How researchers use ejournals
The UK's Research Information Network (RIN) has published the second part of its research report into the use of ejournals by researchers in the UK.
This second phase of the Research Information Network's research was designed to probe the findings of the first stage. The report, free to download from RIN's website concludes that:
- Searching via 'gateway' sites such as Google Scholar or PubMed is favoured because it is generally straightforward and relatively easy to narrow down results.
- Researchers engage in 'power browsing', viewing content strategically rather than reading the document in a linear fashion.
- The number of articles published worldwide in all of the report's six chosen subjects rose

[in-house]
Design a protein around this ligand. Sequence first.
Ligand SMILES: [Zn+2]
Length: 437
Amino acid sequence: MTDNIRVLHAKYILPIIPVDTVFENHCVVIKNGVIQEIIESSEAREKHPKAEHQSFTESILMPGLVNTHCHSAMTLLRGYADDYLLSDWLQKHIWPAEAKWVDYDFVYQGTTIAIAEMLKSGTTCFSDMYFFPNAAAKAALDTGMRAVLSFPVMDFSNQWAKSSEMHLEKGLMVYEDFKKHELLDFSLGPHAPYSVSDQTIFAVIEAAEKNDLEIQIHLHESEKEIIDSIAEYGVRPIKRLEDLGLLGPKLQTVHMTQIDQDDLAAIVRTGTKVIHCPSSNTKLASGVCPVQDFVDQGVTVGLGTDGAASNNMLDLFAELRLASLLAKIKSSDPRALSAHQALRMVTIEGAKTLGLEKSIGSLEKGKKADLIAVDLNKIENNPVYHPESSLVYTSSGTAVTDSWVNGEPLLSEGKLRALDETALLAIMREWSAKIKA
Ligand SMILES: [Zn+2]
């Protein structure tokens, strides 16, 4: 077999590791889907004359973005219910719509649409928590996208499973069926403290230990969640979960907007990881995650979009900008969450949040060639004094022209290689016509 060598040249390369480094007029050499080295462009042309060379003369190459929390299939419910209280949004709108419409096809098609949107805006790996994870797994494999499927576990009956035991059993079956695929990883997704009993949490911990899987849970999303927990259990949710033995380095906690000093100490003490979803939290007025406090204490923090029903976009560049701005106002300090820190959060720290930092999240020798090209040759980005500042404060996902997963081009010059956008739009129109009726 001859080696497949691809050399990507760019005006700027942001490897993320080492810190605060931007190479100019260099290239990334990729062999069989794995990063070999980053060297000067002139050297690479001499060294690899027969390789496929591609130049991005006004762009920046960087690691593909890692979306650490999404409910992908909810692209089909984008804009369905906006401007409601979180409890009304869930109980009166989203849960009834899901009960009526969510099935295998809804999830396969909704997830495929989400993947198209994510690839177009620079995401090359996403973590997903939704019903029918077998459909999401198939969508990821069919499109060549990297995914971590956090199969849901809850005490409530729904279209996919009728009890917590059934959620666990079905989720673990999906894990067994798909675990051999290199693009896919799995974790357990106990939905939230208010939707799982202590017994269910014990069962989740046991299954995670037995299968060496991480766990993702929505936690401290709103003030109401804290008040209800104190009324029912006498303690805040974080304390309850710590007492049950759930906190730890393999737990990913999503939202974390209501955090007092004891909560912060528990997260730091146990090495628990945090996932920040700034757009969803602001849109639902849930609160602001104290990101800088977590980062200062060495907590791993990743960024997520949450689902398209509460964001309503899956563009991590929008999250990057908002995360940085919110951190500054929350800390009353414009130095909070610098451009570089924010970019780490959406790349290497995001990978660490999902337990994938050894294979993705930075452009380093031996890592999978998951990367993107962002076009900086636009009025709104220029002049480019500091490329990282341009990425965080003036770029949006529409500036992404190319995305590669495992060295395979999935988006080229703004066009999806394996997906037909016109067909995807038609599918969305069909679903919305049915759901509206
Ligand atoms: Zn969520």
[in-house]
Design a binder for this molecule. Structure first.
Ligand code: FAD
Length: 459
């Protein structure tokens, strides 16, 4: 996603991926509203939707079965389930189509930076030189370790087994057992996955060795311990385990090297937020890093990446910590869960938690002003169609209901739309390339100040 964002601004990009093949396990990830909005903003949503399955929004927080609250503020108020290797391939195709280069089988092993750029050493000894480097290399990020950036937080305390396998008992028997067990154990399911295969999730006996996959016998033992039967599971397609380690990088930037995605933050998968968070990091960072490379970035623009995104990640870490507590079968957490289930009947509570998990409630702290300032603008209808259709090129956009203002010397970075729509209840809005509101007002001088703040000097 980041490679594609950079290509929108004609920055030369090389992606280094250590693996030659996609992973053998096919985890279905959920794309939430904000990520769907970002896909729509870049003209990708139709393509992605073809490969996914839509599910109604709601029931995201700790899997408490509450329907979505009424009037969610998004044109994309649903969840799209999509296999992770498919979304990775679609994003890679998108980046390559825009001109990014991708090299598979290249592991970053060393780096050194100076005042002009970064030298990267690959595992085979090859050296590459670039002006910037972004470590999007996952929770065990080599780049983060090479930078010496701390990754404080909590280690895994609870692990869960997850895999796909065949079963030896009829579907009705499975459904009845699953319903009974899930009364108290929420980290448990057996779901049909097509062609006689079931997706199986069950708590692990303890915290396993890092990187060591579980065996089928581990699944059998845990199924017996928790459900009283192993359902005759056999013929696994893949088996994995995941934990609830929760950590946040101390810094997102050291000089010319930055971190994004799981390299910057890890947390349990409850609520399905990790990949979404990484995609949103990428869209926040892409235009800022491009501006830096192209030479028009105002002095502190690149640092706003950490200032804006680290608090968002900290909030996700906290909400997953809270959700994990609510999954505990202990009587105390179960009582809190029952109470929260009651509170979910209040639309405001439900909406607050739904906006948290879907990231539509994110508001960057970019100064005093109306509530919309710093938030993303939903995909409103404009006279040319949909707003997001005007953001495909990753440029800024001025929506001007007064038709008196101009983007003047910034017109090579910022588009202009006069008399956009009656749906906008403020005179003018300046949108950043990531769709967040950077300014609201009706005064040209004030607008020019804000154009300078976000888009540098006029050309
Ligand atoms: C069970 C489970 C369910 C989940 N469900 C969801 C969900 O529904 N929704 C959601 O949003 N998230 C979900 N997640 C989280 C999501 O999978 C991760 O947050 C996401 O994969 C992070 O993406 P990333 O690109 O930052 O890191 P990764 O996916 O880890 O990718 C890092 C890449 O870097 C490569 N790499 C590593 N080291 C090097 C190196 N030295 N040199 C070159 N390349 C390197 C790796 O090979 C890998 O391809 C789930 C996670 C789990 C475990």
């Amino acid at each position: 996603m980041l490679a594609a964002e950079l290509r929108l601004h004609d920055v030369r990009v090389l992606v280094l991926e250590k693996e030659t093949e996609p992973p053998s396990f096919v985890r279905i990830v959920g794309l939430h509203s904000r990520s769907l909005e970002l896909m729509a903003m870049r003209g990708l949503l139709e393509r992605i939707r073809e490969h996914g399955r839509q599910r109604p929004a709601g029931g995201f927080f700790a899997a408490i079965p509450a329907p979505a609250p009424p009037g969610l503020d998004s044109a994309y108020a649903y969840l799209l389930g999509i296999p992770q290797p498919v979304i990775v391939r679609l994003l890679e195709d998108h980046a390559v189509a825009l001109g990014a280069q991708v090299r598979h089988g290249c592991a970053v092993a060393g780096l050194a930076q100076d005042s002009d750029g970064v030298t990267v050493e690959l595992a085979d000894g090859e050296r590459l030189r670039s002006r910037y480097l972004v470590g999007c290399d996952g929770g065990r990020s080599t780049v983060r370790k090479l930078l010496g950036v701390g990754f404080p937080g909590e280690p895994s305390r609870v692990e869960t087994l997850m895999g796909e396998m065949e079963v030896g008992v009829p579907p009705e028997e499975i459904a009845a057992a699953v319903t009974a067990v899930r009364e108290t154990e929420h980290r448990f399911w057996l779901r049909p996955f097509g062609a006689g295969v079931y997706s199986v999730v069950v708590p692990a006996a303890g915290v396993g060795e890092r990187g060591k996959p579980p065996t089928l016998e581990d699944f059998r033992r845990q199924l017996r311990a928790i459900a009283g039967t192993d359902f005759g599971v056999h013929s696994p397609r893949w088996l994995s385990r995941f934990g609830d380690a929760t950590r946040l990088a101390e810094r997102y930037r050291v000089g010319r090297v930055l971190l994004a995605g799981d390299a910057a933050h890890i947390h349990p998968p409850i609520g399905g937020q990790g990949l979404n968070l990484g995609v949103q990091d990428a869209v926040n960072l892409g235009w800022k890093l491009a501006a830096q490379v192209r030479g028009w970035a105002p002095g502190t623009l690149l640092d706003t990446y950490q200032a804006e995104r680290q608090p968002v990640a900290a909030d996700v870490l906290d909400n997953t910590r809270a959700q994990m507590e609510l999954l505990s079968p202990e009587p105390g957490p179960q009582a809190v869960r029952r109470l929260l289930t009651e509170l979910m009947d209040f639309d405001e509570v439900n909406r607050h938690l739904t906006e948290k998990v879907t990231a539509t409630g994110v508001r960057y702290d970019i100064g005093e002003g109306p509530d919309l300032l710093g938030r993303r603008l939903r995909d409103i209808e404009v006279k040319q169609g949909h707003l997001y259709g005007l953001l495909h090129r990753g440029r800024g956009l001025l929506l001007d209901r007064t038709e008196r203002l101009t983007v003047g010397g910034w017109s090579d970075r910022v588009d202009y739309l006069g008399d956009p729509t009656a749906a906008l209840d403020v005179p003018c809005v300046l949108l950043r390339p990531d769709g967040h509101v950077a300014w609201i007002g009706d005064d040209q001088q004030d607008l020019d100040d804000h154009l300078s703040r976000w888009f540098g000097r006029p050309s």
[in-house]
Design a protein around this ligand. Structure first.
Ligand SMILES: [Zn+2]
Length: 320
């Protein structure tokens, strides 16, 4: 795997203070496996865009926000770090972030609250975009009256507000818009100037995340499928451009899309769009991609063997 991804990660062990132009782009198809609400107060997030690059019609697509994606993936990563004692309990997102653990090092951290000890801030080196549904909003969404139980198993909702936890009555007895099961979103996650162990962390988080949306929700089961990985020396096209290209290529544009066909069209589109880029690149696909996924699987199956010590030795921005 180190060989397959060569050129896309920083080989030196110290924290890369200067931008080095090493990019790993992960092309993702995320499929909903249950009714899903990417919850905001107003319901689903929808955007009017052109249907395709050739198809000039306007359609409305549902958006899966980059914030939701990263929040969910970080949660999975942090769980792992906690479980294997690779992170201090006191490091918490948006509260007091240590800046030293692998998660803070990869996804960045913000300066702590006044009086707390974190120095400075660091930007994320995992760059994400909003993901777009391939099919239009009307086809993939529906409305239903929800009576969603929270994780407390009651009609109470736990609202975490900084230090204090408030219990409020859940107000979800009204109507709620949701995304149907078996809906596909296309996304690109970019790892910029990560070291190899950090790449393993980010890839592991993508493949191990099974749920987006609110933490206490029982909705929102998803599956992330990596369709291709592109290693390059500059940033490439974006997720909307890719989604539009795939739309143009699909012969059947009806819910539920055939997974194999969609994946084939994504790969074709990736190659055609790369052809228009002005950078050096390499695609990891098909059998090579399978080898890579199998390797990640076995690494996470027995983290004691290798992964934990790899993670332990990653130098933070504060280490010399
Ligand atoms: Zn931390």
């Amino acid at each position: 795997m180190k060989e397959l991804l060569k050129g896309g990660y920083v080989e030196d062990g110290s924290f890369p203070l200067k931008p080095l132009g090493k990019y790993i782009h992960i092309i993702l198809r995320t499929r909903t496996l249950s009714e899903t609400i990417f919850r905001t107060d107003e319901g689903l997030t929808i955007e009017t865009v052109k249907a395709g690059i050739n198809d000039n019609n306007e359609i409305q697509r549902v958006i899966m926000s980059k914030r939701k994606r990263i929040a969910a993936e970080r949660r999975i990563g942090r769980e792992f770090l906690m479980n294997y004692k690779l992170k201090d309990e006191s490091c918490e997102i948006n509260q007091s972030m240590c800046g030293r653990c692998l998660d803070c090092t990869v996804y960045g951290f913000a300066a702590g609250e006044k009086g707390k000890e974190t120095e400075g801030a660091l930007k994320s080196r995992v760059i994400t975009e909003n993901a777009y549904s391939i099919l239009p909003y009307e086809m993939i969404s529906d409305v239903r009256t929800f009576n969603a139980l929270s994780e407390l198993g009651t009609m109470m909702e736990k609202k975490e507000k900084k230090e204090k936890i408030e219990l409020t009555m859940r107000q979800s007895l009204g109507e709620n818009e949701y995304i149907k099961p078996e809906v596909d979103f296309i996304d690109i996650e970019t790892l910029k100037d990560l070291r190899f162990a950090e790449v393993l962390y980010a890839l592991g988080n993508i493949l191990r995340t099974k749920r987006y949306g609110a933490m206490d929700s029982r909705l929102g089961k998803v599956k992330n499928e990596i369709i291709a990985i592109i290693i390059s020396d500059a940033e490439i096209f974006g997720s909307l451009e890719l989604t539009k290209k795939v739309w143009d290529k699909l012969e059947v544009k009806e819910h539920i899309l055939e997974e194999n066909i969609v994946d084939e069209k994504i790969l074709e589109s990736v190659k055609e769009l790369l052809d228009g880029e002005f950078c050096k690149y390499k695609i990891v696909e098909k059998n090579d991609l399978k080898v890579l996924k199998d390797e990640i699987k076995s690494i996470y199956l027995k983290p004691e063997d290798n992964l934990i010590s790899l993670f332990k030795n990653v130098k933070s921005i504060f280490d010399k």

- Life scientists are most likely to use ejournals on most or every working day; historians least likely
- Highly rated, research intensive institutions have a markedly higher use of ejournals
- Nearly 25% of journal use by university researchers in the UK takes place outside of traditional working hours
- Library spending on ejournals has increased while there has been a decline on spending on print journals
Download the full report here.